I recently put up a 36 x36 pen and shelter for my horse.  I live here in Golden Colorado where the soil is VERY much Clay.  We had a several inches of rain this past week, which is a considerable amount for our parts.  The pen got very muddy.  I spent several hours today mucking it and now doing research on what I should do for a better fix.  I saw your article on 3/8 minus pea gravel.  A couple of questions:

1. Some horse friends of mine suggest I use Granite Crusher Fines to aide in the drainage.   Is this suitable?

2. Whether I use Pea Gravel or Granite Crusher Fines, what is the recommended depth of the material I should go with?  2, 3 or 4 inches? 

BTW:  I’m also going to install a french drainage system as well. 

Many Thanks! 

Shawn

Hi Shawn,

The French Drain is a good idea. Sloping the pens slightly away from the barn is helpful to manage drainage too.

I’m not personally familiar with Granite Crusher Fines but think they might be something like decomposed granite which we use here in northern Colorado.

We use decomposed granite under our stall mats and also under the 3/8- pea gravel in turnout pens.

So my answer would be yes and yes ! A tamped crushed granite base with 2-3 inches of 3/8- pea gravel on top.

Please feel free to post your results here. Thanks ! Cherry Hill

To read more about French Drains, pen footing and much more, refer to these books and DVD.

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When we were driving into town and back yesterday, I was checking out all the horses on pasture with turnout blankets, some good, some OK, some really downright awful. In a few cases, I wanted Richard to stop the car so I could either go adjust the blanket or take it off the horse before it became hopelessly tangled!

One horse in particular has had the same blanket on in the same remote pasture since late fall and I really doubt it has been attended to since then !

I know none of you would do that, but just in case you have friends that need some blanketing advice, I have quite a few winter blanket tips on my Horse Information Roundup under the heading Horse Clothing

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Hi Cherry,

I was reading recently about Cat Nip Oil to repel flies and other insects.  Just wondering if you have used/or heard of this concept.  If so where cans a person purchase the oil.  Thanks.

Karen in Boise

 Hi Karen,

No I have not. We do use a natural oil product for bare skin areas. It is called Bare Skin Barrier.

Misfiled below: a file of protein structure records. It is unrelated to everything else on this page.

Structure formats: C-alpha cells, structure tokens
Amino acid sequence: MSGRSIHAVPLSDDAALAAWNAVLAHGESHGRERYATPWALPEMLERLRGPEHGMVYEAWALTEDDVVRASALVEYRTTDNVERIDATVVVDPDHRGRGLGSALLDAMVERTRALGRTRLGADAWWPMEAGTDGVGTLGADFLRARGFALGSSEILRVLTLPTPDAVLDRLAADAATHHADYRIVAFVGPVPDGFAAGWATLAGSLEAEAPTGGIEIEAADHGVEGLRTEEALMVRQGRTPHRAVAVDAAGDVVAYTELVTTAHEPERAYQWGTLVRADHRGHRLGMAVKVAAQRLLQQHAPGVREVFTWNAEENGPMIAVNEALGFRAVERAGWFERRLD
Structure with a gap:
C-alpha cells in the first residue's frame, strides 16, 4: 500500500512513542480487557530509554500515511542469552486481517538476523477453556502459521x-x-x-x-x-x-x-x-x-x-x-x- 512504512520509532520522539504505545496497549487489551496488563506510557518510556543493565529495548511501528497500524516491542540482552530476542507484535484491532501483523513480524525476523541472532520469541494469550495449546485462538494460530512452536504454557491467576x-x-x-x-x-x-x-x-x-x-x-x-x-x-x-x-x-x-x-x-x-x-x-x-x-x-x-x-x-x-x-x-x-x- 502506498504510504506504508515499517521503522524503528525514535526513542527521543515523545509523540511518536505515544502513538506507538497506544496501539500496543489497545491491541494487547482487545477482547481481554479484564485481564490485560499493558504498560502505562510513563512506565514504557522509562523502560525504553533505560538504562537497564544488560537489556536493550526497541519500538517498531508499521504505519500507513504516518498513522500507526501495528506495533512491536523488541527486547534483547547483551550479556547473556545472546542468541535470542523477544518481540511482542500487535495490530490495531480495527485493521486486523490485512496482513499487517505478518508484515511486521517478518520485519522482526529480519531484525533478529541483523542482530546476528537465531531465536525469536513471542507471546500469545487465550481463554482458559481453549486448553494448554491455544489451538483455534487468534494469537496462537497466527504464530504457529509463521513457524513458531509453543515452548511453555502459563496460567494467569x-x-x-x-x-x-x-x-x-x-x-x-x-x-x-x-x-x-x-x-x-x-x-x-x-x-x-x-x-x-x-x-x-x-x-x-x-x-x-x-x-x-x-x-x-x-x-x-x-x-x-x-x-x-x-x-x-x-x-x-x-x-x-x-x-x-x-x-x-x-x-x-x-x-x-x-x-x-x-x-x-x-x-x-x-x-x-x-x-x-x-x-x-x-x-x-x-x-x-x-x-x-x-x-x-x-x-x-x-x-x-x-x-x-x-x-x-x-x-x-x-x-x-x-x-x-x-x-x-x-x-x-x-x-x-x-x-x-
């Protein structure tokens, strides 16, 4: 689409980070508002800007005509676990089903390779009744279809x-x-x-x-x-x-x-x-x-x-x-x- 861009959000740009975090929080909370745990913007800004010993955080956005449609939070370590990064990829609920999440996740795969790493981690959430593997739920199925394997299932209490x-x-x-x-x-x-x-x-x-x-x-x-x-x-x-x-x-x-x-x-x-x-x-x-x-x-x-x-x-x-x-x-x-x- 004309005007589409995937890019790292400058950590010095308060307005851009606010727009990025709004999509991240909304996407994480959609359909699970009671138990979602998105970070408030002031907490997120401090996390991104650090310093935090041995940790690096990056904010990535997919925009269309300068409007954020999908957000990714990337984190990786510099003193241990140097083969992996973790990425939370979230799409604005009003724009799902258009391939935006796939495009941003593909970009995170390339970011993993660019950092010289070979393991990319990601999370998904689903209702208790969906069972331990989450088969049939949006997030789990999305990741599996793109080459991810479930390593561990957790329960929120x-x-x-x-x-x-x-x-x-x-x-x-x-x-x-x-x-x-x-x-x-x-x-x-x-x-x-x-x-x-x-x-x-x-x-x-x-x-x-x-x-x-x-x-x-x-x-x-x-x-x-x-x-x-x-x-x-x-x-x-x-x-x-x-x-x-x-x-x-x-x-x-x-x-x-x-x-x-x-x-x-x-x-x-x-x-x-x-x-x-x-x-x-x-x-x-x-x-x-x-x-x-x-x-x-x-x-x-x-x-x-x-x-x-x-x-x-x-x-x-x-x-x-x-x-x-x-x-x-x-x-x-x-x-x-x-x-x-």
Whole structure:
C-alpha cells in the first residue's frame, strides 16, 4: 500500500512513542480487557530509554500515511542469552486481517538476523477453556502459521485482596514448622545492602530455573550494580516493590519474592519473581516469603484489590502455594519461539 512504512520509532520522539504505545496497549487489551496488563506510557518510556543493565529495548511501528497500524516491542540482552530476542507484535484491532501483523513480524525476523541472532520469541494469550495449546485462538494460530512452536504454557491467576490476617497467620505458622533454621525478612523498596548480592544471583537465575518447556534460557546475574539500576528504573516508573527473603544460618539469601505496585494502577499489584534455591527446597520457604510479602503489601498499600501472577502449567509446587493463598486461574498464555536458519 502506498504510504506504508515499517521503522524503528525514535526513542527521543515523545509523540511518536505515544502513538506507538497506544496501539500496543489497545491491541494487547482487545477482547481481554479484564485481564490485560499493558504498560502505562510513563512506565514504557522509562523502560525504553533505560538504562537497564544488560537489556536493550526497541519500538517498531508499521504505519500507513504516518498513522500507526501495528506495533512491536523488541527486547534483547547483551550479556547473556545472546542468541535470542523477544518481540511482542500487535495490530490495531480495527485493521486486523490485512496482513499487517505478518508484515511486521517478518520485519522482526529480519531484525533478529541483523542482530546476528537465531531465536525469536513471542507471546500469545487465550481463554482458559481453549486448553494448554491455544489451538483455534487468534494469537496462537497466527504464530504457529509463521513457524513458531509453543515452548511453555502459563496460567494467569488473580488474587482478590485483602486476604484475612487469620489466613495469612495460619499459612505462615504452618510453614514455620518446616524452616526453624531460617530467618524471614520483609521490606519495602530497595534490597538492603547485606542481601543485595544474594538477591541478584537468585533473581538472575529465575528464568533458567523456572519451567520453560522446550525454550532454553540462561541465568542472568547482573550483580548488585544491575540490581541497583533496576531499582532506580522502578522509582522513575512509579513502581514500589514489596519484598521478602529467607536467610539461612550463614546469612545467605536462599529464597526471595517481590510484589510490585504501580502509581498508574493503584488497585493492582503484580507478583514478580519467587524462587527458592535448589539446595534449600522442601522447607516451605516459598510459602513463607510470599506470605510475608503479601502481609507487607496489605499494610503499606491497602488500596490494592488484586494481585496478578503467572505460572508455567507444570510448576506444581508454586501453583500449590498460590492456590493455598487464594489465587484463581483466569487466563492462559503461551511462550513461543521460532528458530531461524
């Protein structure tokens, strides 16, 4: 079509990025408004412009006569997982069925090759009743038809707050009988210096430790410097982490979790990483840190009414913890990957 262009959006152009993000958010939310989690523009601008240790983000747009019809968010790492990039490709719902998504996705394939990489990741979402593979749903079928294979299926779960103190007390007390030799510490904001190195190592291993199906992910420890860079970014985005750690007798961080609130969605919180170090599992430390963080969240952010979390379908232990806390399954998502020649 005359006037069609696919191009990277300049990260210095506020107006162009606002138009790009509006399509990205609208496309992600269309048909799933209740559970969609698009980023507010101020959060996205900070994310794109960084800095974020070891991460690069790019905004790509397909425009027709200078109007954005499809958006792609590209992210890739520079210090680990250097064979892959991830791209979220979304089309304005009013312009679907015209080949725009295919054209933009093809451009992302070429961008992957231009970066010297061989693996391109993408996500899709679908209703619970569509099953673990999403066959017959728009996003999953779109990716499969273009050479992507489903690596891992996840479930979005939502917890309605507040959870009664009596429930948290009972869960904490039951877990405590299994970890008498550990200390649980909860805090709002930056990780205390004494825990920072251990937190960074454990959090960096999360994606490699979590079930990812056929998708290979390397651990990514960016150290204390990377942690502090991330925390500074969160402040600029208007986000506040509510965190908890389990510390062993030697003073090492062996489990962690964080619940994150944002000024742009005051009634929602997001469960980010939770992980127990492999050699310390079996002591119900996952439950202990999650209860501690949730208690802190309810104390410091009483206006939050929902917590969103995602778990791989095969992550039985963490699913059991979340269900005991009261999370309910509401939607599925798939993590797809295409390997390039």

It contains

Grapeseed Oil, Jojoba, Citronella, Lemongrass, Lavender, Tea Tree Oil

You can read about it here Bare Skin Barrier.

 

 


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Our barn needs a new ceiling. It’s currently very old foamboard which is covered in mildew and mold. We need a material that will breathe and will be light reflective. Any suggestions would be greatly appreciated by us and the horses. Thank you! Sherri

Hi Sherri,

I don’t know of a material for your application that would be both breathable and light reflective. I would suggest a polyiso material with white reflective surface for the ceiling surface. To dissipate the moisture produced by keeping horses in the barn you’ll need to install a sufficient number and size of vents in the walls, ceiling and roof.

Here is a link to a polyiso product.

Polyiso is made of a polyisocyanurate foam core faced with 1.25 mil embossed white acrylic-coated aluminum on one side and 1 mil smooth aluminum on the other. It is installed with the embossed white surface facing into the barn.

We cover ventilation requirements and suggestions in our book Horse Housing and in our DVD Your Horse Barn.

Good Luck!
Richard Klimesh

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Dear Cherry,


What is the best kind of flooring to have in a stall? We are building a new horse barn and want to know about the stall floor to make it as easy to keep clean as possible. The stalls will be 10ft. by 16ft. the stalls will be used to feed and hold a horse for foaling.

Thanks for your time.
Debbie

Hi Debbie,
I prefer interlocking rubber mats over decomposed granite or another well-draining, well packed base. I bed with shavings normally but use bright oat straw for foaling.
Cherry Hill

Stablekeeping, A Visual Guide to Safe and Healthy Horsekeeping by Cherry Hill